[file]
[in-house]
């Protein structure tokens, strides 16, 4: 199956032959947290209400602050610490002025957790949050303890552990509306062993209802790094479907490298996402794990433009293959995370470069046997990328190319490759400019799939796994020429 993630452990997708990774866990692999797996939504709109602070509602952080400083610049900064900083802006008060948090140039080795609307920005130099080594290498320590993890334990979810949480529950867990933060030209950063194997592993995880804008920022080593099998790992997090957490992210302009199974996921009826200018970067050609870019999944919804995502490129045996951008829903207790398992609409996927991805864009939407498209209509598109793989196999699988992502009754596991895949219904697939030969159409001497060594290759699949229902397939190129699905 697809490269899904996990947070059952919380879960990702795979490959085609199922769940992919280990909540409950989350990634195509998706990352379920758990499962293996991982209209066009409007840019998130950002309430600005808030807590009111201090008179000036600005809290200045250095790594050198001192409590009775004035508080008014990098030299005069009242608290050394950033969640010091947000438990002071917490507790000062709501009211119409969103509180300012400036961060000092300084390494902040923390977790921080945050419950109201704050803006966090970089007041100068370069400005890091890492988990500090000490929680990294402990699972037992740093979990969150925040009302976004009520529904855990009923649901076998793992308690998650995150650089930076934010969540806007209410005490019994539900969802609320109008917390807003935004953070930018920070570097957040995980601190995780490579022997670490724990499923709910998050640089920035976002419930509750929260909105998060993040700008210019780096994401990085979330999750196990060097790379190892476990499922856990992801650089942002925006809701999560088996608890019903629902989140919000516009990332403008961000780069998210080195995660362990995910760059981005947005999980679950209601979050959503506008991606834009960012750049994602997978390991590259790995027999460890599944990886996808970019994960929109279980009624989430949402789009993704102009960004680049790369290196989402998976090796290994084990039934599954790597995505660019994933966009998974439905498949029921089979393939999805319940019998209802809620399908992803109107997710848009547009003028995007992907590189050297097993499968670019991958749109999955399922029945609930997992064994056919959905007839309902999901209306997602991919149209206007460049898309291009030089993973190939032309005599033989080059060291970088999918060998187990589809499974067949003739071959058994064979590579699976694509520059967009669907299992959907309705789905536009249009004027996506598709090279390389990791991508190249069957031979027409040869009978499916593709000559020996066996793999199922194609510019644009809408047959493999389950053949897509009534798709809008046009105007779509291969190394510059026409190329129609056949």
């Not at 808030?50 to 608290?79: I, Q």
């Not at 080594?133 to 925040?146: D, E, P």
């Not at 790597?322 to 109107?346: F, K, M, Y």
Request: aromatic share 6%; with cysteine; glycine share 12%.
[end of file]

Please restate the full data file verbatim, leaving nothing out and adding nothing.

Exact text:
[in-house]
């Protein structure tokens, strides 16, 4: 199956032959947290209400602050610490002025957790949050303890552990509306062993209802790094479907490298996402794990433009293959995370470069046997990328190319490759400019799939796994020429 993630452990997708990774866990692999797996939504709109602070509602952080400083610049900064900083802006008060948090140039080795609307920005130099080594290498320590993890334990979810949480529950867990933060030209950063194997592993995880804008920022080593099998790992997090957490992210302009199974996921009826200018970067050609870019999944919804995502490129045996951008829903207790398992609409996927991805864009939407498209209509598109793989196999699988992502009754596991895949219904697939030969159409001497060594290759699949229902397939190129699905 697809490269899904996990947070059952919380879960990702795979490959085609199922769940992919280990909540409950989350990634195509998706990352379920758990499962293996991982209209066009409007840019998130950002309430600005808030807590009111201090008179000036600005809290200045250095790594050198001192409590009775004035508080008014990098030299005069009242608290050394950033969640010091947000438990002071917490507790000062709501009211119409969103509180300012400036961060000092300084390494902040923390977790921080945050419950109201704050803006966090970089007041100068370069400005890091890492988990500090000490929680990294402990699972037992740093979990969150925040009302976004009520529904855990009923649901076998793992308690998650995150650089930076934010969540806007209410005490019994539900969802609320109008917390807003935004953070930018920070570097957040995980601190995780490579022997670490724990499923709910998050640089920035976002419930509750929260909105998060993040700008210019780096994401990085979330999750196990060097790379190892476990499922856990992801650089942002925006809701999560088996608890019903629902989140919000516009990332403008961000780069998210080195995660362990995910760059981005947005999980679950209601979050959503506008991606834009960012750049994602997978390991590259790995027999460890599944990886996808970019994960929109279980009624989430949402789009993704102009960004680049790369290196989402998976090796290994084990039934599954790597995505660019994933966009998974439905498949029921089979393939999805319940019998209802809620399908992803109107997710848009547009003028995007992907590189050297097993499968670019991958749109999955399922029945609930997992064994056919959905007839309902999901209306997602991919149209206007460049898309291009030089993973190939032309005599033989080059060291970088999918060998187990589809499974067949003739071959058994064979590579699976694509520059967009669907299992959907309705789905536009249009004027996506598709090279390389990791991508190249069957031979027409040869009978499916593709000559020996066996793999199922194609510019644009809408047959493999389950053949897509009534798709809008046009105007779509291969190394510059026409190329129609056949």
């Not at 808030?50 to 608290?79: I, Q």
């Not at 080594?133 to 925040?146: D, E, P």
């Not at 790597?322 to 109107?346: F, K, M, Y």
Request: aromatic share 6%; with cysteine; glycine share 12%.